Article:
First Place Winner - Justice Project Essay Contest

First Place

CARLOS IS LUCKY
Essay by Susan M. Lemere

Carlos is lucky. Although he was arrested for drug possession, he is not going to jail. Instead, he has struck a deal. He will get probation, drug court, supervision and monitoring with top-notch addiction treatment, giving Carlos the best possible chance to succeed.

This is how Carlos and I meet. I have been hired to run treatment groups for people like Carlos. Although I’m a licensed therapist with many years of experience, I now undergo training in criminal justice-specific, evidence-based group treatment.

The training I receive in how to teach risk reduction skills is straightforward, and the group manual I am to follow is even more so. It contains a script I am expected to read from with specific wording for how to greet group members and how to explain rules and confidentiality. Research shows that if I follow the script and Carlos and his cohorts are sufficiently motivated to learn, they are likely to stay out of further trouble.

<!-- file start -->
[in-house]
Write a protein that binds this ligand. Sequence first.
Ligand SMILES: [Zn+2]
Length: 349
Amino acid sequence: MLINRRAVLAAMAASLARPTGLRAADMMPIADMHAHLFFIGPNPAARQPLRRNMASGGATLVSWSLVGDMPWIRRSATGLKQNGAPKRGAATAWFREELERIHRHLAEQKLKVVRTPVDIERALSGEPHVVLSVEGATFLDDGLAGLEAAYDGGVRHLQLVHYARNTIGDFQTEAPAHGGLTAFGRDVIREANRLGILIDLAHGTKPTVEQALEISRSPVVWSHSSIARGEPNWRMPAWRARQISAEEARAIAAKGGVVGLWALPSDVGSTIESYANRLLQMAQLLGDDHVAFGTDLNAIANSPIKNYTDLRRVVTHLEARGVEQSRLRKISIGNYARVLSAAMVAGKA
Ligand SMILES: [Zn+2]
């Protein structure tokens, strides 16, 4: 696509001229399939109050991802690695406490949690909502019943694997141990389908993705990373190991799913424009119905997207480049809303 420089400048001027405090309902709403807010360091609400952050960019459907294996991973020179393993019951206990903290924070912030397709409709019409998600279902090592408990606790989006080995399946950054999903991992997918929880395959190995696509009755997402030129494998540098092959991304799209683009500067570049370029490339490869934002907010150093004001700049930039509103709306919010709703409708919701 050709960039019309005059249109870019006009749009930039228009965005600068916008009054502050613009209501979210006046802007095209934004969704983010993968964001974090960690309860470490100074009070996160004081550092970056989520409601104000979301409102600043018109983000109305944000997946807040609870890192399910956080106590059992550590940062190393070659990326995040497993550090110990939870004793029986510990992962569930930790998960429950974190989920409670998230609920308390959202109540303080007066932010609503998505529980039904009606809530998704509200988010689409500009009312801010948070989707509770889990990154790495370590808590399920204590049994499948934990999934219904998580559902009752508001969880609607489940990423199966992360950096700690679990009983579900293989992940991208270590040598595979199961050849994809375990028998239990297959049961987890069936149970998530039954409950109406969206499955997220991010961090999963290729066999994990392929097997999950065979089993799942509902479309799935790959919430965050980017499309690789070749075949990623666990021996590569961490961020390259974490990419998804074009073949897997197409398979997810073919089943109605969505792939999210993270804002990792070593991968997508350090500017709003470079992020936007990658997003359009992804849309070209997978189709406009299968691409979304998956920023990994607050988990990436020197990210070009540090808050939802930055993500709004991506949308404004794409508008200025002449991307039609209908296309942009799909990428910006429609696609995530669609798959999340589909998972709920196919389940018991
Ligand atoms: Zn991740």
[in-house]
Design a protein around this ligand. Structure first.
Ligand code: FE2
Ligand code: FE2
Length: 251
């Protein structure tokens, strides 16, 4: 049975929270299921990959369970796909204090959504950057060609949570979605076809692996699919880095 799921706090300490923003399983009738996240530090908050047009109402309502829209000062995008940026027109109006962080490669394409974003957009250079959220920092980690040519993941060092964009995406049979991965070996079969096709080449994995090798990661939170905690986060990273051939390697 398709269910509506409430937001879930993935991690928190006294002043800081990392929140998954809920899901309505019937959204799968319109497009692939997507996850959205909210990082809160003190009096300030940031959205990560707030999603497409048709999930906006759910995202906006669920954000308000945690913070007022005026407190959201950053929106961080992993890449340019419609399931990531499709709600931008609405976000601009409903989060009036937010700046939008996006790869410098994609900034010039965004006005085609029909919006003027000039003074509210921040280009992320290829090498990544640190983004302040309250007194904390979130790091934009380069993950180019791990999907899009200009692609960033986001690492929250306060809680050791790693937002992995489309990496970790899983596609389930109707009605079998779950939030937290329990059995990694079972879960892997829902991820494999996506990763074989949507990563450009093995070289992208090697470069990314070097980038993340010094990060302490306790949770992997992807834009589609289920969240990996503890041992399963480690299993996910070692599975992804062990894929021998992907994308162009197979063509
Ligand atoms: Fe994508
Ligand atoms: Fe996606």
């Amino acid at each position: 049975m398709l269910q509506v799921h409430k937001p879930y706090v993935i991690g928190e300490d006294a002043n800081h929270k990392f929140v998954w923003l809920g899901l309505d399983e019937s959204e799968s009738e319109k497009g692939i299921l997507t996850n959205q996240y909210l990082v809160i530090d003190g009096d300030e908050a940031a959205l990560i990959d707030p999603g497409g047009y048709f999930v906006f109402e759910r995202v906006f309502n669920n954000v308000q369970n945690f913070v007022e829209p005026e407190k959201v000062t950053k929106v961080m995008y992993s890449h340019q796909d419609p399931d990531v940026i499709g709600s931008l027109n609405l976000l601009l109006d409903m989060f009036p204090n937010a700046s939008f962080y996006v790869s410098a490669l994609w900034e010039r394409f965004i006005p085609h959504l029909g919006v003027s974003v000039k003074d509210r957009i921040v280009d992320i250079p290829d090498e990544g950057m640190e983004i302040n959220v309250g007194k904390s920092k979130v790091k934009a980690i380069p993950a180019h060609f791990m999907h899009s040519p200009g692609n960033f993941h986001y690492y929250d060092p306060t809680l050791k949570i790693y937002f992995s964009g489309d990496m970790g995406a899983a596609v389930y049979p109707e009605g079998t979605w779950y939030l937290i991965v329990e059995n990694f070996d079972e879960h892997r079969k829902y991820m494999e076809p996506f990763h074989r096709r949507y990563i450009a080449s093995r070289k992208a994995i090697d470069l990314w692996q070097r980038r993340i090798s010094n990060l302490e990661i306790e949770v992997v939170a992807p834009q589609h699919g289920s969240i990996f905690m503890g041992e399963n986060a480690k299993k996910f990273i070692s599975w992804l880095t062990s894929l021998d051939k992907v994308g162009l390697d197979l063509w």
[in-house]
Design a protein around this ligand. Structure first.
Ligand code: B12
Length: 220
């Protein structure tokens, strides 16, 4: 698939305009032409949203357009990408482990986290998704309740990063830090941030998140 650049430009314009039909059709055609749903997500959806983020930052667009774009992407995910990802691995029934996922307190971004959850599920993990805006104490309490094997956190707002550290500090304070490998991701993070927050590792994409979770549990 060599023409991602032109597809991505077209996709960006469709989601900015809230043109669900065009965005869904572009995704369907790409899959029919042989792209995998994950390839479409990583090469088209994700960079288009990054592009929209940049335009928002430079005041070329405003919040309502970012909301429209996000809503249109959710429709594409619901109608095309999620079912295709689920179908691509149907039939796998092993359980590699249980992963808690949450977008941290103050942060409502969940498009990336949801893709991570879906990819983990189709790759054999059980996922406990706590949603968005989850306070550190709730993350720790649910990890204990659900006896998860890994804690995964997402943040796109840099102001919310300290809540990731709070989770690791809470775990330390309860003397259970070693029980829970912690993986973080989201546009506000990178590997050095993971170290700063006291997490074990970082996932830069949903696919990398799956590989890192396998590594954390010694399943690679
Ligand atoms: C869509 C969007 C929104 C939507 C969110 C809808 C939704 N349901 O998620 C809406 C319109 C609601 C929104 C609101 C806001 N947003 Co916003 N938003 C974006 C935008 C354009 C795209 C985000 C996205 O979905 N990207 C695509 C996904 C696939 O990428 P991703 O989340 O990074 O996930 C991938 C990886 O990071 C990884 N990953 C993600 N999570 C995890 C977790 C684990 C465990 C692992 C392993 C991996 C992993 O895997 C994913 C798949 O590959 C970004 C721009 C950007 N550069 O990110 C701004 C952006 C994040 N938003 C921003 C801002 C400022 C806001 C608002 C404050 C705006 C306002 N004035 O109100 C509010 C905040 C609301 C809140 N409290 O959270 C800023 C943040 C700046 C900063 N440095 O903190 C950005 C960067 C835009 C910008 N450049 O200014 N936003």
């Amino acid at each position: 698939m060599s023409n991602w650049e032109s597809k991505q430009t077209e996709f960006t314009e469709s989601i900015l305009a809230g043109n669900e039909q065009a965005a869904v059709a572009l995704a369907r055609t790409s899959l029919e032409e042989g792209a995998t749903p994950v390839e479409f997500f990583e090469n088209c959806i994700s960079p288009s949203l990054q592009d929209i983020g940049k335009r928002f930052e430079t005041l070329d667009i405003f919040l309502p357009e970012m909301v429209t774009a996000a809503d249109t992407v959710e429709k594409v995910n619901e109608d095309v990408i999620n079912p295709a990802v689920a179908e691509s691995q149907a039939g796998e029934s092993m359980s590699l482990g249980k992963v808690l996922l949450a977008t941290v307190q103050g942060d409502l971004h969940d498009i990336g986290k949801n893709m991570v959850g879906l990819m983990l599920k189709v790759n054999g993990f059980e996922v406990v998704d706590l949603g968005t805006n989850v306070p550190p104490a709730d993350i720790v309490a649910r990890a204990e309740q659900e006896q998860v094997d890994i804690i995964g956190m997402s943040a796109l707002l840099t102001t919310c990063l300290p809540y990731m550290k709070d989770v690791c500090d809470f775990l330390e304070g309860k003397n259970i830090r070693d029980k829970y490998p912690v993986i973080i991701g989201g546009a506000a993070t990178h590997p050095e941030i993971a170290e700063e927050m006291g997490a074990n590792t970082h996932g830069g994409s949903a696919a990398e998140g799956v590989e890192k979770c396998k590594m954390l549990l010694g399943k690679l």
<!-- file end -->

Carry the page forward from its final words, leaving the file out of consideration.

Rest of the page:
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Carlos is one of eight people in my group. He is tall, lanky and brown-skinned and doesn’t make eye contact with me. I greet my group that first morning in the prescribed manner. They are, in corrections lingo, “compliant” throughout our first group, which is to say they are silent except when asked a question directly. Then they give the shortest, most economic answer possible.